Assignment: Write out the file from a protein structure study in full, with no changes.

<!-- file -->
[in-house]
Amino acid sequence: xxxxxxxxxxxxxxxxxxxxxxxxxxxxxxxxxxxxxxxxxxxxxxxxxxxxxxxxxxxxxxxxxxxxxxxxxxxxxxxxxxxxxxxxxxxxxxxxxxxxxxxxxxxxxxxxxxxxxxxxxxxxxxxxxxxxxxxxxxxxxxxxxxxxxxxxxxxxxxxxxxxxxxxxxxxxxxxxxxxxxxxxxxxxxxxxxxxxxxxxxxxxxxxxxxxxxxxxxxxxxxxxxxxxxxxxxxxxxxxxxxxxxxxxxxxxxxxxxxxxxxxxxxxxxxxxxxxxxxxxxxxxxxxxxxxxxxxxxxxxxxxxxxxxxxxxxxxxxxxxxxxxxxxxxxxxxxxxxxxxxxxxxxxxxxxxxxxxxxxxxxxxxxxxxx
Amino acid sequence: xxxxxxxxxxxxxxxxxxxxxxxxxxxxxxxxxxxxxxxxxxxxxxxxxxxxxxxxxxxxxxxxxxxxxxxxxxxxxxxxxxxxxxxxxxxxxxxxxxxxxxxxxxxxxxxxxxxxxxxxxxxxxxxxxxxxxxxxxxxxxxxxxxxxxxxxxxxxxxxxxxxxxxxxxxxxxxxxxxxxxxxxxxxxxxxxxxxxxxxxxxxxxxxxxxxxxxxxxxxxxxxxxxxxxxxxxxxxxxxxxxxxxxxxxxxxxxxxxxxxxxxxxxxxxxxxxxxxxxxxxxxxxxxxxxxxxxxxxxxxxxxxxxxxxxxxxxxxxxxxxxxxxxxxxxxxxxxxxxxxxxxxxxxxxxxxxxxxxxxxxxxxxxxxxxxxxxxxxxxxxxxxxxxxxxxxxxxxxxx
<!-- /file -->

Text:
[in-house]
Amino acid sequence: xxxxxxxxxxxxxxxxxxxxxxxxxxxxxxxxxxxxxxxxxxxxxxxxxxxxxxxxxxxxxxxxxxxxxxxxxxxxxxxxxxxxxxxxxxxxxxxxxxxxxxxxxxxxxxxxxxxxxxxxxxxxxxxxxxxxxxxxxxxxxxxxxxxxxxxxxxxxxxxxxxxxxxxxxxxxxxxxxxxxxxxxxxxxxxxxxxxxxxxxxxxxxxxxxxxxxxxxxxxxxxxxxxxxxxxxxxxxxxxxxxxxxxxxxxxxxxxxxxxxxxxxxxxxxxxxxxxxxxxxxxxxxxxxxxxxxxxxxxxxxxxxxxxxxxxxxxxxxxxxxxxxxxxxxxxxxxxxxxxxxxxxxxxxxxxxxxxxxxxxxxxxxxxxxx
Amino acid sequence: xxxxxxxxxxxxxxxxxxxxxxxxxxxxxxxxxxxxxxxxxxxxxxxxxxxxxxxxxxxxxxxxxxxxxxxxxxxxxxxxxxxxxxxxxxxxxxxxxxxxxxxxxxxxxxxxxxxxxxxxxxxxxxxxxxxxxxxxxxxxxxxxxxxxxxxxxxxxxxxxxxxxxxxxxxxxxxxxxxxxxxxxxxxxxxxxxxxxxxxxxxxxxxxxxxxxxxxxxxxxxxxxxxxxxxxxxxxxxxxxxxxxxxxxxxxxxxxxxxxxxxxxxxxxxxxxxxxxxxxxxxxxxxxxxxxxxxxxxxxxxxxxxxxxxxxxxxxxxxxxxxxxxxxxxxxxxxxxxxxxxxxxxxxxxxxxxxxxxxxxxxxxxxxxxxxxxxxxxxxxxxxxxxxxxxxxxxxxxxx